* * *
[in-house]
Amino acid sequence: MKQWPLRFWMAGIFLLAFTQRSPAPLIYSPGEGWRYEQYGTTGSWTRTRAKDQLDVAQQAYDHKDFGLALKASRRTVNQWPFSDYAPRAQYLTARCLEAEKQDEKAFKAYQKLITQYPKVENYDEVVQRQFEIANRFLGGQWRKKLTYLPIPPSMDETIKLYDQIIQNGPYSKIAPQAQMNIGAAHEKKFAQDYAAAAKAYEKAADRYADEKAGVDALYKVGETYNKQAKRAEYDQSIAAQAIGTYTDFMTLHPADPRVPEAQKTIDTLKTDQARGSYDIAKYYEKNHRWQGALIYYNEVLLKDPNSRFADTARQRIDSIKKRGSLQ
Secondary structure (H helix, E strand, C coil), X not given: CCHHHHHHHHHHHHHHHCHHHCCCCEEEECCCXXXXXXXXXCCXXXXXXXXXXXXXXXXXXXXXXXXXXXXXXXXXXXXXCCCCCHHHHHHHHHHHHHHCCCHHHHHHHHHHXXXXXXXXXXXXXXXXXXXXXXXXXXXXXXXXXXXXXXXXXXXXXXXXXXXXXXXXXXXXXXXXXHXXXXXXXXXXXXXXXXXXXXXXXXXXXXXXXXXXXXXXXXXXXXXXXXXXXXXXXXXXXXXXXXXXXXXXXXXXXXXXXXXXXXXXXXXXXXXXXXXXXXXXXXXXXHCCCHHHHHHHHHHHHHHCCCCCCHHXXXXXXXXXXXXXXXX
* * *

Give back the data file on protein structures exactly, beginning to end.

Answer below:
[in-house]
Amino acid sequence: MKQWPLRFWMAGIFLLAFTQRSPAPLIYSPGEGWRYEQYGTTGSWTRTRAKDQLDVAQQAYDHKDFGLALKASRRTVNQWPFSDYAPRAQYLTARCLEAEKQDEKAFKAYQKLITQYPKVENYDEVVQRQFEIANRFLGGQWRKKLTYLPIPPSMDETIKLYDQIIQNGPYSKIAPQAQMNIGAAHEKKFAQDYAAAAKAYEKAADRYADEKAGVDALYKVGETYNKQAKRAEYDQSIAAQAIGTYTDFMTLHPADPRVPEAQKTIDTLKTDQARGSYDIAKYYEKNHRWQGALIYYNEVLLKDPNSRFADTARQRIDSIKKRGSLQ
Secondary structure (H helix, E strand, C coil), X not given: CCHHHHHHHHHHHHHHHCHHHCCCCEEEECCCXXXXXXXXXCCXXXXXXXXXXXXXXXXXXXXXXXXXXXXXXXXXXXXXCCCCCHHHHHHHHHHHHHHCCCHHHHHHHHHHXXXXXXXXXXXXXXXXXXXXXXXXXXXXXXXXXXXXXXXXXXXXXXXXXXXXXXXXXXXXXXXXXHXXXXXXXXXXXXXXXXXXXXXXXXXXXXXXXXXXXXXXXXXXXXXXXXXXXXXXXXXXXXXXXXXXXXXXXXXXXXXXXXXXXXXXXXXXXXXXXXXXXXXXXXXXXHCCCHHHHHHHHHHHHHHCCCCCCHHXXXXXXXXXXXXXXXX